For two years, Milford Town Marshal Rich Miotto has peppered town council meetings with the request he and the department’s deputies be permitted to have take-home vehicles. Time and time again the council has objected.
Now, Milford’s three council members are requesting taxpayer input on the issue.
Miotto brought up the request again recently during a 2013 budget workshop and, informally, at the July 9 regular council meeting. At that time he provided members with a case study and other research regarding the practice.
“When I go to meetings with other chiefs, especially, they just can’t believe it,” Miotto told the council. “It’s standard procedure just about everywhere you go.”
Take-home vehicles are common law enforcement policy these days for chiefs and marshals alike. Milford Town Council members, particularly president Doug Ruch, say in many of those cases the chief, or marshal, and the officers live within the town limits while Marshal Miotto’s primary residence is in Warsaw. But local departments say otherwise.
According to Syracuse Police Chief Tony Cirello, all Syracuse officers take home police cars, even though they do not have to live in town but rather within a 15-mile radius of town. All but one North Webster officers take home cars, and also do not have the requirement they live within town limits, according to chief Greg Church. Silver Lake, Claypool and Pierceton officers as well are allowed to take their patrol vehicles home, as does Mentone.
In every case, departmental policies stipulate expressly the vehicle is for work purposes only, not for personal errands. Gas is paid by the city or town.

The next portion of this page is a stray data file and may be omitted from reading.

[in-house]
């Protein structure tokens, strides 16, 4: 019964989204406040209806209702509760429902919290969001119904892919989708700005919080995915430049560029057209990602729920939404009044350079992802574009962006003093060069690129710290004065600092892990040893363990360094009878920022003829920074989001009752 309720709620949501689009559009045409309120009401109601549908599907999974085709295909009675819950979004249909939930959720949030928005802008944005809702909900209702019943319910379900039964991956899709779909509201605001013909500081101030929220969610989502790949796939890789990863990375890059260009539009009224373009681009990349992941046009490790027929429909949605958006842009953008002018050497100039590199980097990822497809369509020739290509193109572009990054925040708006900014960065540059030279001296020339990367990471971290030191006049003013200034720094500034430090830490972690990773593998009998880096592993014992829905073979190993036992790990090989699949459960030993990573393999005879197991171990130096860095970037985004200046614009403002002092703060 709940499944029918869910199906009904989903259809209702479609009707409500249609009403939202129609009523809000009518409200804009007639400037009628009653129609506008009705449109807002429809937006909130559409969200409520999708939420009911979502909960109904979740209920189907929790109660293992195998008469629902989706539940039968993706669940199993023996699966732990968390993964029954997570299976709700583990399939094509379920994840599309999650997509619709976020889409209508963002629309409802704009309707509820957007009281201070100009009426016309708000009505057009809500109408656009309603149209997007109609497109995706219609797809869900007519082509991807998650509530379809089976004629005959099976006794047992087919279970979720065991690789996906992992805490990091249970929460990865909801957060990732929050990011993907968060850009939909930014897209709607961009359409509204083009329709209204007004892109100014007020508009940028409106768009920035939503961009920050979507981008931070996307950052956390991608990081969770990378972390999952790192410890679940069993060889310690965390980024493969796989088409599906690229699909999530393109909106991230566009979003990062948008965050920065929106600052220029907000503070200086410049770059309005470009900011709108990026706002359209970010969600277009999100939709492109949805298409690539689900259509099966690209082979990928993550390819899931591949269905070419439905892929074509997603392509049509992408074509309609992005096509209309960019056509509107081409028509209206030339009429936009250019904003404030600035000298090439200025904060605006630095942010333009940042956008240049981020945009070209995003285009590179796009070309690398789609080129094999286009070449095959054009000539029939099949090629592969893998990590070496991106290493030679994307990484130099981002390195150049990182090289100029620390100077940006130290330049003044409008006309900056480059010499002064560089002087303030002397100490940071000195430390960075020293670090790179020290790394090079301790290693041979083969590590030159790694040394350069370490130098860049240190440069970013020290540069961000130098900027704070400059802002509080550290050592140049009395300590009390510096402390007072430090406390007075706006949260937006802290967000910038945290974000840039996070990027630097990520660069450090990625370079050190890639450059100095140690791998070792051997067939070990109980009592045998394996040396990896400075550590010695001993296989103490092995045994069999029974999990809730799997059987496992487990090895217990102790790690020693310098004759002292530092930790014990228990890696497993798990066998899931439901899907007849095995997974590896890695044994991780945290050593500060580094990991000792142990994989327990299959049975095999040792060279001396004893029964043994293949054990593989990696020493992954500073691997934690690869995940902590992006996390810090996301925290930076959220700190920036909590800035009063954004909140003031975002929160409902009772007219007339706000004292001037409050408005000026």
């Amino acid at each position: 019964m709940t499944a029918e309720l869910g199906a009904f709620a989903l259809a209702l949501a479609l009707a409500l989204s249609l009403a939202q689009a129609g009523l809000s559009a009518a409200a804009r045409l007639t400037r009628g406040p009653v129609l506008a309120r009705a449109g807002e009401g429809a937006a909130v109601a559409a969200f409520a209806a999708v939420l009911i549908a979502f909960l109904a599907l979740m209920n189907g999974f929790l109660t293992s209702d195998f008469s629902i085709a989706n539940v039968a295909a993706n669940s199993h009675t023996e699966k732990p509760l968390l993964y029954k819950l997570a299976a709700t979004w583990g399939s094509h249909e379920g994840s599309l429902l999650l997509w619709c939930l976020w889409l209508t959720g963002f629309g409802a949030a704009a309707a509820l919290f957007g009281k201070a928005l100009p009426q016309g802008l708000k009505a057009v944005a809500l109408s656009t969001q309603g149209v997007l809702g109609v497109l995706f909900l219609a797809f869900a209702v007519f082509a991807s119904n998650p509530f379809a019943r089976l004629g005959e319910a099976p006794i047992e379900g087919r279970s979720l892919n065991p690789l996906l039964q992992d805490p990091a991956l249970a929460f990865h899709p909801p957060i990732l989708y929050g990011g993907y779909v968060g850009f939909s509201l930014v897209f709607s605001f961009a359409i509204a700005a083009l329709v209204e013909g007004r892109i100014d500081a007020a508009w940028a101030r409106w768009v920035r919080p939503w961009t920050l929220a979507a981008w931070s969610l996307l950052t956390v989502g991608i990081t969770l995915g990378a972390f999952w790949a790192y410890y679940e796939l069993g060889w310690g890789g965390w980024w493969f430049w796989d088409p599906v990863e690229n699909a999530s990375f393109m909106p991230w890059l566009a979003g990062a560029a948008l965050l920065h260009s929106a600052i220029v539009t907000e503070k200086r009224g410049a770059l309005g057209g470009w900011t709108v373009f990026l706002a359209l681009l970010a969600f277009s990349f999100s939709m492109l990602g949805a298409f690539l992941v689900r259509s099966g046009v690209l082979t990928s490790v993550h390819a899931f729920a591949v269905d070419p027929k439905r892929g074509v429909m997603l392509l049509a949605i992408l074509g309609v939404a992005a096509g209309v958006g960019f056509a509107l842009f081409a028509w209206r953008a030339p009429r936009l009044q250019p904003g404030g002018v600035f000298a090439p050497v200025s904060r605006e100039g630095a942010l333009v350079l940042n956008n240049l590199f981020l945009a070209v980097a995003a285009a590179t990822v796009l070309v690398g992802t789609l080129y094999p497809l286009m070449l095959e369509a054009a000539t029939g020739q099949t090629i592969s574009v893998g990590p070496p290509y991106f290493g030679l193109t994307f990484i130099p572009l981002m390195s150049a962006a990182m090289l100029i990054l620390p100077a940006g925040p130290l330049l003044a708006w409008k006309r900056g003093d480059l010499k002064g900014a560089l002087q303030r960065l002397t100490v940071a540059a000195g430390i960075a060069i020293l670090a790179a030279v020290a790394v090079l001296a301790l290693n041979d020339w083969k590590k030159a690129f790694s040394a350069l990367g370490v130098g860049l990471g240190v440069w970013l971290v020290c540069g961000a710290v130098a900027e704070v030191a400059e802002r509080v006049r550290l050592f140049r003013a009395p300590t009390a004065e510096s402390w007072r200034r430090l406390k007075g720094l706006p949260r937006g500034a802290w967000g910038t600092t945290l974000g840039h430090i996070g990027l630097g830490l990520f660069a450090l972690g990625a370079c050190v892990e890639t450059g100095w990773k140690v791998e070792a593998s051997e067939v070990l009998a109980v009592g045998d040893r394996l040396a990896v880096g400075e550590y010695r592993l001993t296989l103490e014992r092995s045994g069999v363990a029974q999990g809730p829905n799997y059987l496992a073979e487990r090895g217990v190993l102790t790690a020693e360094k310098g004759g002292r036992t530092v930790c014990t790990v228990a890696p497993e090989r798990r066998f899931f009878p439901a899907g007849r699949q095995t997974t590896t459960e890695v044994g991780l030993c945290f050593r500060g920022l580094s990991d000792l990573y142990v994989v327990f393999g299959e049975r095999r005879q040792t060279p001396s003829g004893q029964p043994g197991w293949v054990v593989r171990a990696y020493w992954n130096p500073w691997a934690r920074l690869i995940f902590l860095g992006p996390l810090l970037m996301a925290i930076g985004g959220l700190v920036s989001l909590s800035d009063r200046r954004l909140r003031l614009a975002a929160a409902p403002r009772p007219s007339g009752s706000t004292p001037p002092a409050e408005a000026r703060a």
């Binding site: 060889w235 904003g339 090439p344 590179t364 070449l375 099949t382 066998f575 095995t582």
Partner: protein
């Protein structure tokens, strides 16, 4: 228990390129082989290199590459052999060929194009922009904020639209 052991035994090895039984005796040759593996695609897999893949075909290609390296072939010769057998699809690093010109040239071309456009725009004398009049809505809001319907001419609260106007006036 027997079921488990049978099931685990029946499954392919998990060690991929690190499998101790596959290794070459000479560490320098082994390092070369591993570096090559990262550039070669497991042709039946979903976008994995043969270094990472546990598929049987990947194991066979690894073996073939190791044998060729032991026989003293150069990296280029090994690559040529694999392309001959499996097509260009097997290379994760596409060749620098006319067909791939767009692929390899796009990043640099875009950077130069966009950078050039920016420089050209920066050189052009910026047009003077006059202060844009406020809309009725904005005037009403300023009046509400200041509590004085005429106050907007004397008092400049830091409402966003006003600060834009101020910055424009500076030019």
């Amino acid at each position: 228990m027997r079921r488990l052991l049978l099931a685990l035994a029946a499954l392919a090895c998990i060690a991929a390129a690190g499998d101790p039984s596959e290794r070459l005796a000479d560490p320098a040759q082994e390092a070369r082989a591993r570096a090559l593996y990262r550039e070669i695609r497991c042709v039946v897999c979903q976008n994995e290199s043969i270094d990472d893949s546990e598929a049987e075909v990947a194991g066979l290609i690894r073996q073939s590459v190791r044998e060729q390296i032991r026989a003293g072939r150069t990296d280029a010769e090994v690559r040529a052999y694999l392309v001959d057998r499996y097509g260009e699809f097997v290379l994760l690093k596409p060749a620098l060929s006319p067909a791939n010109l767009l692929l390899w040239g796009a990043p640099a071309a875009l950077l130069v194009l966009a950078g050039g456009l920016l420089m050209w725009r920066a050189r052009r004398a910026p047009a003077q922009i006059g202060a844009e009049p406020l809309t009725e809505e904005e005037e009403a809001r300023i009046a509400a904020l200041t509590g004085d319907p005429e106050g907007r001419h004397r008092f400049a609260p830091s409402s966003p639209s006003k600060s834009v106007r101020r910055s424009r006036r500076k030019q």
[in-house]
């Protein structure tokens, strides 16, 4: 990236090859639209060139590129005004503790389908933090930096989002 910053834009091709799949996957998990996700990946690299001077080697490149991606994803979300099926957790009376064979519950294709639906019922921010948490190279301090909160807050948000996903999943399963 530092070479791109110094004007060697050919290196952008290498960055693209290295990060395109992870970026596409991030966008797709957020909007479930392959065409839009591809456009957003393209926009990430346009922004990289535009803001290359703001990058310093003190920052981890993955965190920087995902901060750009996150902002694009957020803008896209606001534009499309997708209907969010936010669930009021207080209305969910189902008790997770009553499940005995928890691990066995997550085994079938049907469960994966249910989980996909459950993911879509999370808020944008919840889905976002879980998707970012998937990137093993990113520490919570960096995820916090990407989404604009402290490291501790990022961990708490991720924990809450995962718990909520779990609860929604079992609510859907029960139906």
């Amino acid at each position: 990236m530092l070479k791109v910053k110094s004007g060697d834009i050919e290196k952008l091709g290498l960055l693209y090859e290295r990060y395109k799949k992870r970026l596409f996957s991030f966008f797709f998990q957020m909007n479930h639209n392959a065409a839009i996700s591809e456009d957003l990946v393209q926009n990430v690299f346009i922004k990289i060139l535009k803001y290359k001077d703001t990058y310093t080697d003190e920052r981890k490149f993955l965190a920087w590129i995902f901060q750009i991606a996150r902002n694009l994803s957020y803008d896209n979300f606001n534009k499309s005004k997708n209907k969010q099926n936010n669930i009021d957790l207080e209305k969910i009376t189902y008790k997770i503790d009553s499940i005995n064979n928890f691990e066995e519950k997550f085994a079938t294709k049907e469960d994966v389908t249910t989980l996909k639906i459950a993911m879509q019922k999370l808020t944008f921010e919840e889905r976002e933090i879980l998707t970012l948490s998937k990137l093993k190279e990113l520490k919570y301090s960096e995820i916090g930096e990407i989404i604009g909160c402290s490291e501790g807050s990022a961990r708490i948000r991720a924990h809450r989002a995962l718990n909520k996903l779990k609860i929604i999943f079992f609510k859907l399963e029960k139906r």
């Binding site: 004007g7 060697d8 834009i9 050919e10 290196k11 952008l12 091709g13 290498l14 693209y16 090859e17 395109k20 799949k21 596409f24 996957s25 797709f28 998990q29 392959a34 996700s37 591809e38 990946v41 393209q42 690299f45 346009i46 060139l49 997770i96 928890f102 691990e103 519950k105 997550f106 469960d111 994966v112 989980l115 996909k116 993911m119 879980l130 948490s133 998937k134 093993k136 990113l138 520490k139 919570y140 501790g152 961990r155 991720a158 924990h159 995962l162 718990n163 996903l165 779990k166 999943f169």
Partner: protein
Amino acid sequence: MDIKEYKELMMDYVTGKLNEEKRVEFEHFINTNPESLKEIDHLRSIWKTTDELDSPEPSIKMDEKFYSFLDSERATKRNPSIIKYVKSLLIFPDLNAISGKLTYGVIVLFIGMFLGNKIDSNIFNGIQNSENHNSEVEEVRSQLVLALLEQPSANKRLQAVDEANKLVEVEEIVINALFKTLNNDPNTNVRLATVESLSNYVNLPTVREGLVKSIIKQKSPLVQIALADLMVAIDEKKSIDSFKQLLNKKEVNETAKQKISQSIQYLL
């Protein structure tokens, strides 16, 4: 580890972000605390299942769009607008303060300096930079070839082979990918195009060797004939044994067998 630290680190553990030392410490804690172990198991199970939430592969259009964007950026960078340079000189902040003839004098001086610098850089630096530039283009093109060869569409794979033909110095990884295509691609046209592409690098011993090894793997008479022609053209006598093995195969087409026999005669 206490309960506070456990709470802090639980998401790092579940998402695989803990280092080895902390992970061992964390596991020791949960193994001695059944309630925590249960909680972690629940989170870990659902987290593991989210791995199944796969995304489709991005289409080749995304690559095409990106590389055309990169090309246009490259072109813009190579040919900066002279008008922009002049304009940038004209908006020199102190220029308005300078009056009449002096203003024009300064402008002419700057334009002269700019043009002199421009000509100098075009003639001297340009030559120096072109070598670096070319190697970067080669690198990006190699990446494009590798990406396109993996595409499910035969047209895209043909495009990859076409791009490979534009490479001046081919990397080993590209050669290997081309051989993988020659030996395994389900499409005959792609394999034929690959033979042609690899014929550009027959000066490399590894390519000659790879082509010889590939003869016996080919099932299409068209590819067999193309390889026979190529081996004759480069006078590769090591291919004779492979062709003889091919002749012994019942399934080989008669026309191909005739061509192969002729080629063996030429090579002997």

Church said because North Webster is a small department and only one officer is on duty at a time, if that officer needs assistance then off-duty officers are expected to respond. For that reason, he thinks take-home vehicles are a valuable policy.
According to Milford ordinance 2011-6, the Milford Town Marshal and his deputies may reside anywhere in Kosciusko County. Standard operating procedures, which govern the Milford Police Department, state only the town council president can give permission – which must be in writing – for an officer to take a vehicle home, however.
Giving Miotto a take-home vehicle would open the door to the department needing three cars, Ruch said. He’s also concerned about the approximately 12-minute response time it takes Miotto to drive from home to the town.
“If you want to decrease response time to a situation, give an officer a car where he can turn on the lights and sirens and get here faster,” Miotto responded. “I can’t speed in my own personal vehicle.”
One allegation leveled at Miotto in response to the request is there have been occasions when Miotto’s assistance was requested, while he was off duty, but he did not come to the scene.
While Kosciusko County Communication Director David Rosenberry didn’t have the data on hand Tuesday to prove it has never happened, such a scenario doesn’t seem likely, he said.
“If he was off duty he’d only be called on a major crime,” Rosenberry said. “Our policy is that if no Milford officer is on duty and something happens, then a county officer is called. If all of the county officers are busy, then we’d probably call him in.”
If dispatch does place such a call, Rosenberry noted, it could also happen Miotto would receive it while he was any distance away from home on a personal activity.
Miotto agreed that dispatch does not call him in to assist often, but he frequently does so anyway because the Milford deputy on duty will call him directly.
On July 9, fellow town council members Dan Cochran and Bob Cockburn asked for more time to review the issue and to hear from constituents. The matter will come before the council again at its next meeting, at 6 p.m. Monday, Aug. 13.